Johannesburg, South Africa,

Understanding Consumer Credit Graduation Journeys A Key for South Africa’s Economic Growth

  • More than one fifth of South Africans graduated to a more complex credit wallet over a four-year period.
  • Women hold 55% of credit products in South Africa and are more likely than men to retain a retail credit product throughout their credit journey.
  • Personal loans and vehicle finance are most popular first forays into a more complex credit wallet.
  • Opportunities exist for lenders to educate consumers so that they can build and maintain strong credit scores along their credit graduation journey.

Lenders that understand consumer credit journeys can more confidently grow according to the findings of a new TransUnion South Africa study released today. The research, presented at its annual Financial Services summit in Johannesburg, examined South African consumers’ credit journeys as they expand their wallets from holding one type of credit product to holding multiple types of credit products that serve diverse needs.

The study analyzed the changes in wallet profiles of South African consumers between December 2018 and December 2022. The study focused on consumers whose credit portfolios were current i.e. non-delinquent at the beginning of the study, because assessing payment history is one of the criteria that lenders examine first when considering a credit application.

The study identified five distinctive wallet profiles among the 7.6 million consumers within its parameters, and excluded the small number of consumers who held retail and secured products, or only secured products.

 Retail Credit Only1 WalletRetail and Unsecured Credit2 WalletUnsecured Credit Only WalletUnsecured and Secured Credit3 WalletFull Suite4 Wallet


2.1 million

1.2 million

1.9 million



Percentage of study






Shift in volume over four years






1 Retail credit include clothing credit, retail revolving credit, retail instalments, or a combination of these
2 Unsecured credit products include personal loans and credit cards
3 Secured credit products include vehicle finance and home loans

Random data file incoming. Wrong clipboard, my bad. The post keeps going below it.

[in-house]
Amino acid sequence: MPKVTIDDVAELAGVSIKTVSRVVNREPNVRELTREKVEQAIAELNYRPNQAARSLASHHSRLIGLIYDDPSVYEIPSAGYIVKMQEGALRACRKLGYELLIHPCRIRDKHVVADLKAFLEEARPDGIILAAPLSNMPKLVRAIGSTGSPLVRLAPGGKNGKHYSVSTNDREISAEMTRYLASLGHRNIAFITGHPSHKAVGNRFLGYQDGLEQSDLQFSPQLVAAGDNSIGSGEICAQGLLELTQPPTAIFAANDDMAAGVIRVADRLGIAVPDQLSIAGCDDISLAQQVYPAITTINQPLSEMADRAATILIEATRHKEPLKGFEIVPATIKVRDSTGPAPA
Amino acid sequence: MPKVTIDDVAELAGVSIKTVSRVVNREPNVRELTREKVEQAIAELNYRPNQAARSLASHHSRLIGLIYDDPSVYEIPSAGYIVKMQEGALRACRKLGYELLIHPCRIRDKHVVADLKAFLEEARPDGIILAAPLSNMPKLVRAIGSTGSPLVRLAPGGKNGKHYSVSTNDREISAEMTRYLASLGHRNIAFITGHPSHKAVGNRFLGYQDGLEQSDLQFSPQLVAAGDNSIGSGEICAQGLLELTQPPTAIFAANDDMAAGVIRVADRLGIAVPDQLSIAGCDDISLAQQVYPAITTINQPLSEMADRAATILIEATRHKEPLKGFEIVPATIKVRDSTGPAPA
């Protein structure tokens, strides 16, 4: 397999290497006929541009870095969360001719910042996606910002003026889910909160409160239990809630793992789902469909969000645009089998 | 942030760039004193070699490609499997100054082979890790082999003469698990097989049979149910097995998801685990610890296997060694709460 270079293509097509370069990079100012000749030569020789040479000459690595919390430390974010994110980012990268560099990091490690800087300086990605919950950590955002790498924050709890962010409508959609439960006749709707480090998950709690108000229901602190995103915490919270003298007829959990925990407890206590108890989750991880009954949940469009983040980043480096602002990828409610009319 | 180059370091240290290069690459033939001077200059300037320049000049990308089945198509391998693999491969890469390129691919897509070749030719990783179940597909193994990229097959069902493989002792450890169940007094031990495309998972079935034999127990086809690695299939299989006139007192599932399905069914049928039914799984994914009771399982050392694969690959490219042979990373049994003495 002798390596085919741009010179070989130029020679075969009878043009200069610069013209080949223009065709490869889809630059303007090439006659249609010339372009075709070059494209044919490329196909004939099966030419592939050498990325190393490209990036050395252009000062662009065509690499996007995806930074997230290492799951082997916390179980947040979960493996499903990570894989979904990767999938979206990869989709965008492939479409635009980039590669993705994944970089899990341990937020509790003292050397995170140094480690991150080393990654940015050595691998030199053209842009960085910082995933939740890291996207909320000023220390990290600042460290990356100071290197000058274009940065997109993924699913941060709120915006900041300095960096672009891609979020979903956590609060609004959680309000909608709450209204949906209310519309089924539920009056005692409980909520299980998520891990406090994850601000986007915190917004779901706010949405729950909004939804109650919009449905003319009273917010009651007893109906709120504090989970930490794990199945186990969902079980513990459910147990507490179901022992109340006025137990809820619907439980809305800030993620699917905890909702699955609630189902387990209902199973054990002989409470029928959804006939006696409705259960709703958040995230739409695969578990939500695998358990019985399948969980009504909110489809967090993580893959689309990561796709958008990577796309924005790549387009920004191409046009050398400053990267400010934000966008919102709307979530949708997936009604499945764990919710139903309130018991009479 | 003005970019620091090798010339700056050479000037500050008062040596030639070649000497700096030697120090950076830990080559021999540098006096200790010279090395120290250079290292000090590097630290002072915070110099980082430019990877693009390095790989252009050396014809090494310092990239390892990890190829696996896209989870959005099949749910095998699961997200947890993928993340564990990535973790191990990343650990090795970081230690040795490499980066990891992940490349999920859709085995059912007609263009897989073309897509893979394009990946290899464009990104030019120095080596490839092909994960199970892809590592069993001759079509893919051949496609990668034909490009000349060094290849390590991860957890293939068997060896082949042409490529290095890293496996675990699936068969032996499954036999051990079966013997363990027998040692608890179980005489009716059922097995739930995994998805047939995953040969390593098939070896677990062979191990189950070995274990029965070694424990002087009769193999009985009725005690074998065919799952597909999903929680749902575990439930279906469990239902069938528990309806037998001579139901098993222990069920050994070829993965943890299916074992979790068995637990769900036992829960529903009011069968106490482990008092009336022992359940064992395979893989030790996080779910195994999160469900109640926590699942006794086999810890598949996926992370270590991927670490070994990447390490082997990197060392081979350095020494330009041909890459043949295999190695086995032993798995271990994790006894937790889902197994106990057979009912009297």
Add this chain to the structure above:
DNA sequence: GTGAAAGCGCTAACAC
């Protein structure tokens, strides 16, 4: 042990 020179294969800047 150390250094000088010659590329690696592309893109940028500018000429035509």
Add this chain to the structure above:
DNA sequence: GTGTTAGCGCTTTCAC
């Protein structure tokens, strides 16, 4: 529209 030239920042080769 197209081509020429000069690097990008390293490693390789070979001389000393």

4 A full suite wallet includes retail, secured, and unsecured credit products


“Over the four-year observation period window, 13% of consumers in the study graduated to an expanded credit wallet of their own accord. With proactive engagement from lenders, including a focus on credit education, more consumers may be encouraged to graduate from one wallet type to another, more quickly,” said Weihan Sun, director, Financial Services Research and Consulting at TransUnion Africa. “The more that consumers have the opportunity to access and leverage credit products to facilitate upward financial mobility, the greater the level of financial inclusion, and the better the potential for economic growth.”  

More than one-fifth of retail-only consumers progressed in their credit journey

Of the consumers who ended 2018 with only retail credit products in their wallets, 21% had added an unsecured product by the end of 2022. At the same time, another 10% had closed their retail credit product(s), but had opened a credit card or personal loan over that time. Three percent of the previously retail-only consumers in the study graduated to a full suite of products, with just 1% closing their retail product but opening secured and unsecured credit lines.

This graduation rate and journey is an important measure to ensure that consumers have the opportunity to use credit to make a meaningful impact to their lives and attain their financial goals. As previously shared in TransUnion’s “Empowering Credit Inclusion: A Deeper Perspective on New-to-Credit Consumers,” 58% of South Africans begin their credit journey with a clothing account. As they graduate in their lifecycle and have greater needs, having access to useful and relevant products for financial inclusion is key to economic growth.

Women lead the way with credit

Of the South Africans in the study, women held 55% of credit products overall. Nearly 70% (69.5%) of consumers in the study that only hold a retail credit product are women, and 54% of South African consumers holding a full wallet suite are women. Retail credit products often cultivate loyalty and repeat spend through targeted special offers or discounts, encouraging consumers to retain them to take advantage of savings and other benefits.